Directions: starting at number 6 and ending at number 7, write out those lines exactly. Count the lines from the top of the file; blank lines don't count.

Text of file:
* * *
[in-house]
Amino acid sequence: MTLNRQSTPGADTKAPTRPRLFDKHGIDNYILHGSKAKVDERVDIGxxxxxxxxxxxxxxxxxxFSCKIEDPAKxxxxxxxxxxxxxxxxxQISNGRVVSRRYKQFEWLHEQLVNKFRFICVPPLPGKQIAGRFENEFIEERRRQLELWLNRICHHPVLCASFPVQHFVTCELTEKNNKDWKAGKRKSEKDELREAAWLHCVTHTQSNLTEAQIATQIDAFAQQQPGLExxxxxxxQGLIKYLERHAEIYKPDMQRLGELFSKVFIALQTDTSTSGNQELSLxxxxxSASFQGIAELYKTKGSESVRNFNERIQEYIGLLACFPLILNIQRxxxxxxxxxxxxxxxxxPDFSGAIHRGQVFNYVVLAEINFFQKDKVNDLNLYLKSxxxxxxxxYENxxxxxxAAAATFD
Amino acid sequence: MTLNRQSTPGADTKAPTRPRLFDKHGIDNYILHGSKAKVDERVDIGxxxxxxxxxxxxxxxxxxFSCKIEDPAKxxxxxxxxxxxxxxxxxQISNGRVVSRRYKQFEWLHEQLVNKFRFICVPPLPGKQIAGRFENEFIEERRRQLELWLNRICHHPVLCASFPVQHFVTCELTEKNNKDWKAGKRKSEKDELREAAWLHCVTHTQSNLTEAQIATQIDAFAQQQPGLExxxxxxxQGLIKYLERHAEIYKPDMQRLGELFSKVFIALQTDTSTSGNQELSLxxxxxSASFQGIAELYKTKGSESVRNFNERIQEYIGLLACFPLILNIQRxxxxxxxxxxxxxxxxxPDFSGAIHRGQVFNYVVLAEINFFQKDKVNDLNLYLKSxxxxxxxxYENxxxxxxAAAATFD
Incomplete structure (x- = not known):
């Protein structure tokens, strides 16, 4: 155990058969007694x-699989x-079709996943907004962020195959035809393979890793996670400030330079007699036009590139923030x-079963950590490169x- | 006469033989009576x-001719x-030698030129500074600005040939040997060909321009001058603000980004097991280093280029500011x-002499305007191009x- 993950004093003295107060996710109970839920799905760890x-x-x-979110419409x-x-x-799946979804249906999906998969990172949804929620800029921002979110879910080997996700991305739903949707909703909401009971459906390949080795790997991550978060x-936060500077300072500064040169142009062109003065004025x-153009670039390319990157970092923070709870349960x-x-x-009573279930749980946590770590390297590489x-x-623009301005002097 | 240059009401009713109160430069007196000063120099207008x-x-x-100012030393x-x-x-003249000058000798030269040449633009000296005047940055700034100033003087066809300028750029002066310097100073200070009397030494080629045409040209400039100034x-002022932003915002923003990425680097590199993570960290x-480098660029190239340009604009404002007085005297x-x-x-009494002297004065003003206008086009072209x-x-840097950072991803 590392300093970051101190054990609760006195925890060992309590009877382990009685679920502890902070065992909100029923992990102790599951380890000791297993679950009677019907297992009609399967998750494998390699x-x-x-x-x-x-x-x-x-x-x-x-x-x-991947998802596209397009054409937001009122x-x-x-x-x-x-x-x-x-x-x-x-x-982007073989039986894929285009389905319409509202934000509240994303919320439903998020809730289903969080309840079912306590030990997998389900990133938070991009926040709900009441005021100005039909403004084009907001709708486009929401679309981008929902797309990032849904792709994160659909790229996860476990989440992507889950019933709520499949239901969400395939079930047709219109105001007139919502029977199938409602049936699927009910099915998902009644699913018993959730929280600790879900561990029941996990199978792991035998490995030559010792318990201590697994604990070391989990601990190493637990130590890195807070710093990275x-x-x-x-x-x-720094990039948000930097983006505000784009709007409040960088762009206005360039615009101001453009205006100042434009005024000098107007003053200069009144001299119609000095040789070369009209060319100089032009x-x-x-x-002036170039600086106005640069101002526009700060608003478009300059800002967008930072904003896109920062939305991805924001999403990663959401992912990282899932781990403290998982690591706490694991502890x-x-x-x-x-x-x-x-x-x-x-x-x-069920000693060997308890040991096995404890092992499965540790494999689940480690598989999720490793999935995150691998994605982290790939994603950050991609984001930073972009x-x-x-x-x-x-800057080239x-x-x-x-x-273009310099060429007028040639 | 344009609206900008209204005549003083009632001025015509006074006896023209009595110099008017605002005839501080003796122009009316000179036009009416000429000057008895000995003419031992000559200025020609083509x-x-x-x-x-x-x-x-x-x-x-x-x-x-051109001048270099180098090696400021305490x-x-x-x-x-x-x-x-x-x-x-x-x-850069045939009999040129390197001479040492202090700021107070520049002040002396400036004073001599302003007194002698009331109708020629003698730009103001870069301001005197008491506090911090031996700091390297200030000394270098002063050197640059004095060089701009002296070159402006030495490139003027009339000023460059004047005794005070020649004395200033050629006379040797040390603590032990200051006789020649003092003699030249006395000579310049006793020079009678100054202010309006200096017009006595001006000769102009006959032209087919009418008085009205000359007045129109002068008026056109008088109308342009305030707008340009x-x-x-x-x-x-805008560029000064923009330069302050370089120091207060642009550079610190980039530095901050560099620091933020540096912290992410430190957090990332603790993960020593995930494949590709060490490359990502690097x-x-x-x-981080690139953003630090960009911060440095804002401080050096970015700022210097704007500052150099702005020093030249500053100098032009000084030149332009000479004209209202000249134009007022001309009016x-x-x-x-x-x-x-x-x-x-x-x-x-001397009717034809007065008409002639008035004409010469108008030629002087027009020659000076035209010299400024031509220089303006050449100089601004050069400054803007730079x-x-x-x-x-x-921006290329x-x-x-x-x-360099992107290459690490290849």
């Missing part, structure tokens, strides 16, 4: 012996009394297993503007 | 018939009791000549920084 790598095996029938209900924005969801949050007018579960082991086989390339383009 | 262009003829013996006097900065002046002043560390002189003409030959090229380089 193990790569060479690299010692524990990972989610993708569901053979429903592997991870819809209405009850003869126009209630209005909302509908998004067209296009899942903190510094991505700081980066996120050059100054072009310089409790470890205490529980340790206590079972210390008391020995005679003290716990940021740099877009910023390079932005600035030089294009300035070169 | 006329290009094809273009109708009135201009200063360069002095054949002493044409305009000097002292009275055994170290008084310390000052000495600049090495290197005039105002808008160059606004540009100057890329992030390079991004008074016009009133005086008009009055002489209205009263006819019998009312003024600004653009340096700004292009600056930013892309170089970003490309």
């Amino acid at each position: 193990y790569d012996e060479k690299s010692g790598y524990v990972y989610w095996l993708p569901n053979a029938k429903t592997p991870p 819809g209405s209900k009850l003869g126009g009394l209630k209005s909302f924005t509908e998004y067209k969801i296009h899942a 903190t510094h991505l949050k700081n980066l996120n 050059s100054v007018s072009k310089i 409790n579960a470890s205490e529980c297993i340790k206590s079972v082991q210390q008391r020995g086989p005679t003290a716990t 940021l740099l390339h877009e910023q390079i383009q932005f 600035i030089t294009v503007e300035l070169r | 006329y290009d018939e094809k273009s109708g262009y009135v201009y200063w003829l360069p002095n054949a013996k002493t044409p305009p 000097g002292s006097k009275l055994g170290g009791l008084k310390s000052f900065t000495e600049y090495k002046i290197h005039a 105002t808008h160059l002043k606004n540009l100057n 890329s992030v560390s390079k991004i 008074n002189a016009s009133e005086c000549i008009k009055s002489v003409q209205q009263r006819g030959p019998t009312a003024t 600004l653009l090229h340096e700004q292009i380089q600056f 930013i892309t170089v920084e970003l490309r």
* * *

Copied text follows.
């Missing part, structure tokens, strides 16, 4: 012996009394297993503007 | 018939009791000549920084 790598095996029938209900924005969801949050007018579960082991086989390339383009 | 262009003829013996006097900065002046002043560390002189003409030959090229380089 193990790569060479690299010692524990990972989610993708569901053979429903592997991870819809209405009850003869126009209630209005909302509908998004067209296009899942903190510094991505700081980066996120050059100054072009310089409790470890205490529980340790206590079972210390008391020995005679003290716990940021740099877009910023390079932005600035030089294009300035070169 | 006329290009094809273009109708009135201009200063360069002095054949002493044409305009000097002292009275055994170290008084310390000052000495600049090495290197005039105002808008160059606004540009100057890329992030390079991004008074016009009133005086008009009055002489209205009263006819019998009312003024600004653009340096700004292009600056930013892309170089970003490309």
């Amino acid at each position: 193990y790569d012996e060479k690299s010692g790598y524990v990972y989610w095996l993708p569901n053979a029938k429903t592997p991870p 819809g209405s209900k009850l003869g126009g009394l209630k209005s909302f924005t509908e998004y067209k969801i296009h899942a 903190t510094h991505l949050k700081n980066l996120n 050059s100054v007018s072009k310089i 409790n579960a470890s205490e529980c297993i340790k206590s079972v082991q210390q008391r020995g086989p005679t003290a716990t 940021l740099l390339h877009e910023q390079i383009q932005f 600035i030089t294009v503007e300035l070169r | 006329y290009d018939e094809k273009s109708g262009y009135v201009y200063w003829l360069p002095n054949a013996k002493t044409p305009p 000097g002292s006097k009275l055994g170290g009791l008084k310390s000052f900065t000495e600049y090495k002046i290197h005039a 105002t808008h160059l002043k606004n540009l100057n 890329s992030v560390s390079k991004i 008074n002189a016009s009133e005086c000549i008009k009055s002489v003409q209205q009263r006819g030959p019998t009312a003024t 600004l653009l090229h340096e700004q292009i380089q600056f 930013i892309t170089v920084e970003l490309r």